Storms, therefore, symbolize an uncertain, swirling disarray of events beyond human control, in which the characters feel like they have no one to put their faith into. Shakespeare extends this idea of the storm, by adding magic to the situation. The storm literally appears out of nowhere, revealing it’s supernatural abilities; a result of Prospero’s long-held plan of revenge against the enemies who drove him from his rightful place as duke of Milan. We can therefore identify Shakespeare’s suggestion: that when the natural order of things is disrupted, the repercussions create a conflict that goes beyond the realm of humans and into the realm of the supernatural.

Perhaps this was in direct commentary to the rise of power of the church, or, in a complete 180 turnaround, the rise of science against the church, and that if you give one thing too much power, then it becomes a force too large and untamable to control. In the end however, the chaos of the storm produces a peaceful outcome and the restoration of order at the end of the play, much like when society conforms to the margins of their existence, and doesn’t overstep the boundaries set before them by the higher powers that be. I would say this critique of social order is among the most important themes of the symbols used in The Tempest.

Particularly, during Shakespeare’s time, it was common to compare the life of contemplation (which focused on intellectual pursuits) to that of action in society and issues of the government. This was primarily found in the symbol of magic. For example, fairly early in the play, the audience learns that it was Prospero’s books that kept him from ruling well in Milan: because he was too focused on meditative pursuits to be an active ruler. As a result, he surrendered too much control to his brother, who then takes over. However, Prospero soon learns to use the power from the books, in order to execute the revenge he so desires.

These books may symbolize Prospero’s unique containment of power to control the world toward his own ends. It is interesting, then, that at the end of the play Prospero surrenders his magical powers and books so that he can rejoin human society and rule well. In fact, many scholars therefore believe the magic in the books represent Shakespeare’s own writing, which he, too, surrenders at the end of the play. However, I like to think that both versions reflect the way in which art and faith in Elizabethan times was viewed, because you were either for, or against the church, and there was no room to stray away from the form or practice the church mandated.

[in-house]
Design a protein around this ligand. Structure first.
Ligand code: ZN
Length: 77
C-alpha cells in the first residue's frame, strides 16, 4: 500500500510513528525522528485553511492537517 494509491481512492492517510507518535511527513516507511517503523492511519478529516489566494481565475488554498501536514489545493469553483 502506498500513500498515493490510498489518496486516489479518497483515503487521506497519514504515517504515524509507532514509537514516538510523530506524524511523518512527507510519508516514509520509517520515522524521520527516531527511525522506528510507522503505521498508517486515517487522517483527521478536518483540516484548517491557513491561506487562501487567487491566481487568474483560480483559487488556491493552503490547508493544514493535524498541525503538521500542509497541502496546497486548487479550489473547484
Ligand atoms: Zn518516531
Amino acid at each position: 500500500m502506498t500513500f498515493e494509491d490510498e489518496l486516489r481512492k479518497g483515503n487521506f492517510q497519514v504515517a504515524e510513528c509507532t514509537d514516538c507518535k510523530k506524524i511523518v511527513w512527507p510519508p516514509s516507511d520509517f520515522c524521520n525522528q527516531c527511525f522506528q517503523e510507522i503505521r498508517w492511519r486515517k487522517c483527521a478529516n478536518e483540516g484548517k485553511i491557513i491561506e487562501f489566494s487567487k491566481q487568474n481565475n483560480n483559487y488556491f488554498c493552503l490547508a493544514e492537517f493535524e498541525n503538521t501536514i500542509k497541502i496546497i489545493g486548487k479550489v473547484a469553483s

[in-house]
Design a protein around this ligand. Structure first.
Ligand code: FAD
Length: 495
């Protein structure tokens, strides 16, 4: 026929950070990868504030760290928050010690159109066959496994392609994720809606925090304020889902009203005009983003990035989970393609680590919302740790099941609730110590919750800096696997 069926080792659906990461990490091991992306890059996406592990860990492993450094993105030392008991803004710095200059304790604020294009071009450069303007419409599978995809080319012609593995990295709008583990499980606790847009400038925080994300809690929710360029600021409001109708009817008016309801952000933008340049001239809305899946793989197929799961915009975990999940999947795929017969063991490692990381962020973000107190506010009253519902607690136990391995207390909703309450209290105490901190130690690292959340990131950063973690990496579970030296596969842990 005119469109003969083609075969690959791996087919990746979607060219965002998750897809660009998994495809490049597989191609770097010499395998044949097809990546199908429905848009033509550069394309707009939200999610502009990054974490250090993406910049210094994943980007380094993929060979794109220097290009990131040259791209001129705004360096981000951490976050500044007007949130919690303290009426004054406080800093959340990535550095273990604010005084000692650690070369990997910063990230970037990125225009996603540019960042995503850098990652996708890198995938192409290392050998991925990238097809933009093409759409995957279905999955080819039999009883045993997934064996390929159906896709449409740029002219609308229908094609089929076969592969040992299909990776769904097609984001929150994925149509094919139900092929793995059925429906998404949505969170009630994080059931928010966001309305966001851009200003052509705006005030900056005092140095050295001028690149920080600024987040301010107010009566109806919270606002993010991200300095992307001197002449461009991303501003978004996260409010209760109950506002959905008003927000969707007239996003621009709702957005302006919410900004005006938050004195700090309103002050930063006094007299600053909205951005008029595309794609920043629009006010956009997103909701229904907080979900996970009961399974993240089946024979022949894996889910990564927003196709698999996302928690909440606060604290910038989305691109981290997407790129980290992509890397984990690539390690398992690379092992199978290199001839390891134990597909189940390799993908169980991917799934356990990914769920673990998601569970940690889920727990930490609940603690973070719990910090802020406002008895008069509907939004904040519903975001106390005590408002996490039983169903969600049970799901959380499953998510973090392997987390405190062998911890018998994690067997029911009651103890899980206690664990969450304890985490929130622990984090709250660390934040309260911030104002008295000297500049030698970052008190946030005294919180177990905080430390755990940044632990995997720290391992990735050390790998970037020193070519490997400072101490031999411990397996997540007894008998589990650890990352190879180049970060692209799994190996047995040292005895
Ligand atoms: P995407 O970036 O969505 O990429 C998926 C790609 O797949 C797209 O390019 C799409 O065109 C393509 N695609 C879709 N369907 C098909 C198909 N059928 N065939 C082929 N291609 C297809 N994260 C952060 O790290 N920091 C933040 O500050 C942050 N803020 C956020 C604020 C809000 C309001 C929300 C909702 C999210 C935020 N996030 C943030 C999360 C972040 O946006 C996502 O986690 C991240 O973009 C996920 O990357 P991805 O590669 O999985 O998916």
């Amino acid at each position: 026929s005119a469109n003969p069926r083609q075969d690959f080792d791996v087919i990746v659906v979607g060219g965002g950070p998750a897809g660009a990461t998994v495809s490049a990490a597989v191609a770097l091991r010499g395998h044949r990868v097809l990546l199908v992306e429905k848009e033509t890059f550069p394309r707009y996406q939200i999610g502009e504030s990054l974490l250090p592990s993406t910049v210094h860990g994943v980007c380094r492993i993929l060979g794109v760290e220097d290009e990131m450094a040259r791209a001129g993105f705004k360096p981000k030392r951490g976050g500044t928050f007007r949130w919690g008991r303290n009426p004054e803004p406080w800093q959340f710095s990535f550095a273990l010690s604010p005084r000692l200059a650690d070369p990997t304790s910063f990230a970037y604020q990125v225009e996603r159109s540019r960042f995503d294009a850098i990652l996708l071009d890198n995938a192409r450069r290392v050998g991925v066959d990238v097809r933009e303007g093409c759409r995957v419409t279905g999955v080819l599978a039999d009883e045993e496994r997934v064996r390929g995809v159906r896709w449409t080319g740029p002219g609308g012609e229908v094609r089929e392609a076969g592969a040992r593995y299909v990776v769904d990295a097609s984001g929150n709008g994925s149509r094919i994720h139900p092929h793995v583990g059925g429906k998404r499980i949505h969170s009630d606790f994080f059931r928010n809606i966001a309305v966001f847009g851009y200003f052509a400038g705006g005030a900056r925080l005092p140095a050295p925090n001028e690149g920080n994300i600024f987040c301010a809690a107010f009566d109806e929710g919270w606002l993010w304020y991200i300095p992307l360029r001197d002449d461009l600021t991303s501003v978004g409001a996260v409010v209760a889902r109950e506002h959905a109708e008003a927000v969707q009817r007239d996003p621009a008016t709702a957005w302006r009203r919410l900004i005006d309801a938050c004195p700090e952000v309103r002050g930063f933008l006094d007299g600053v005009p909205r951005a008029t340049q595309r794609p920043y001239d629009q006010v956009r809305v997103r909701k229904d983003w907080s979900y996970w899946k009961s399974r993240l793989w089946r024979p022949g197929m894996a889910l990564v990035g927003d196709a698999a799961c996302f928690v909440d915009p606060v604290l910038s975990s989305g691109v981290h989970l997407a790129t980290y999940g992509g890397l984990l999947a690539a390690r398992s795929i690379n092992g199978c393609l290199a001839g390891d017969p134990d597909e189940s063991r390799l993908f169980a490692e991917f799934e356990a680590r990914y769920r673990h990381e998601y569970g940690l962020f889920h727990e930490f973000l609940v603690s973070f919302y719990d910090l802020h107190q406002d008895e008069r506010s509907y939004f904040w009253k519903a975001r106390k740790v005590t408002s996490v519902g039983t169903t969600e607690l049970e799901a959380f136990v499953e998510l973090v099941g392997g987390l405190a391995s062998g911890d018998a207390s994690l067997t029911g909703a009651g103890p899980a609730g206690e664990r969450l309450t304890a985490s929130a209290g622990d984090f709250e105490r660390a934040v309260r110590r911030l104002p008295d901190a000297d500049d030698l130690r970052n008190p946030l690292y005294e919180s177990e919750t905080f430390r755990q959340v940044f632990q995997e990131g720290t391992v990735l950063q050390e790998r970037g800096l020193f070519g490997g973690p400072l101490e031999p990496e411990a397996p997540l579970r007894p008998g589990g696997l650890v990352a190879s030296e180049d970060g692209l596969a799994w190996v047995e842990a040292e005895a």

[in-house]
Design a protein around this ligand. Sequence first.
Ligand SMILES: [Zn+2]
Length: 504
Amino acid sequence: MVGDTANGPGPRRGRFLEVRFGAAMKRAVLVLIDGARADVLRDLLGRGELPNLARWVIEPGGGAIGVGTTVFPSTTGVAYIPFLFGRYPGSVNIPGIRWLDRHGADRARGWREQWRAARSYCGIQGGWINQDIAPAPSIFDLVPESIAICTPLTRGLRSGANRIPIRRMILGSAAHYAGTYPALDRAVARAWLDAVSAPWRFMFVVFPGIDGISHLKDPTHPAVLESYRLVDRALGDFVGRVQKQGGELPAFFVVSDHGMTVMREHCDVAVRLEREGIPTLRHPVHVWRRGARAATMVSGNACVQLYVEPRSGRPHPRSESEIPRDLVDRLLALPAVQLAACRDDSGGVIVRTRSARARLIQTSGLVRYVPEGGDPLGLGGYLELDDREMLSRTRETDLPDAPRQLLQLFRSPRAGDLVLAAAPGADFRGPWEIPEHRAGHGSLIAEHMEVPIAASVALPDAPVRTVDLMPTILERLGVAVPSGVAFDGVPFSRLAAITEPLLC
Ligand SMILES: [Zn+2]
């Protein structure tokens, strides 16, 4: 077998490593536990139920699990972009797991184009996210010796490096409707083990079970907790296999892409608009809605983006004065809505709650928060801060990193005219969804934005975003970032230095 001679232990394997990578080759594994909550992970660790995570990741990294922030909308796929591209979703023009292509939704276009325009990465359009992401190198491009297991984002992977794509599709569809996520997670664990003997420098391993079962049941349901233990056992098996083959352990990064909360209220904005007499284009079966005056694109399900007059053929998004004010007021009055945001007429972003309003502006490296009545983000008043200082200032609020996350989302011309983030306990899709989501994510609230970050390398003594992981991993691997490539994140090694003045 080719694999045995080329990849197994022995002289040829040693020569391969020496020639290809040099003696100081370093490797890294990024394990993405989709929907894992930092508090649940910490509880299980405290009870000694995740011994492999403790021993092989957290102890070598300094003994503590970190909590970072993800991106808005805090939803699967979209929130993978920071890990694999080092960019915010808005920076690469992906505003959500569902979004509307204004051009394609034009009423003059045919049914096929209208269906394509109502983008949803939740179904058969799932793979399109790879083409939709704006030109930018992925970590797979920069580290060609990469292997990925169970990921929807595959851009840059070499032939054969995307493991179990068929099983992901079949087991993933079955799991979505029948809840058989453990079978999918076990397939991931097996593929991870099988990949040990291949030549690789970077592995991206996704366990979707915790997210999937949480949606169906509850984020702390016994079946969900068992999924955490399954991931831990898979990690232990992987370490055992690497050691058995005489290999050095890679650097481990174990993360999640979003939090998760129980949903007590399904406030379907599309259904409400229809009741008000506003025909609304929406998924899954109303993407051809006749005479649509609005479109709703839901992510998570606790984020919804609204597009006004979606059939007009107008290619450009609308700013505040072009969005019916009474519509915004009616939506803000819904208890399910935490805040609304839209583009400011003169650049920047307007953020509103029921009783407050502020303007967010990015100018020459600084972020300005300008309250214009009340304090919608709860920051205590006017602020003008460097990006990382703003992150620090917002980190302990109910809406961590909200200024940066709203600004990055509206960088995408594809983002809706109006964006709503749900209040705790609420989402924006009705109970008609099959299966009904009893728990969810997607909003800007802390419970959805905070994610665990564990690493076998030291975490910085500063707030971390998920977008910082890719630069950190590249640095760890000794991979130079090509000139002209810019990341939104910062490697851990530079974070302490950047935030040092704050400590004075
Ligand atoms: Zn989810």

One can perhaps assume that, by using the imagery of magic, which is a sinful practice amongst the catholic faith, Shakespeare was critiquing society, and how many people sercomm to the pressure of society standards and religious rule. Also, since Shakespeare often wrote for the lower class, he might have been critiquing the ways in which social classes were divided in his era. An article from BBC Theatre Archives describes the tile era and social class as such: Certain higher classes did not approve of theatres. There was some opposition from: The Puritans – they believed theatres were the work of the devil, spreading rude and lewd ideas encouraging poor moral behaviour. They also associated the theatre with the Romans, who had persecuted Christians.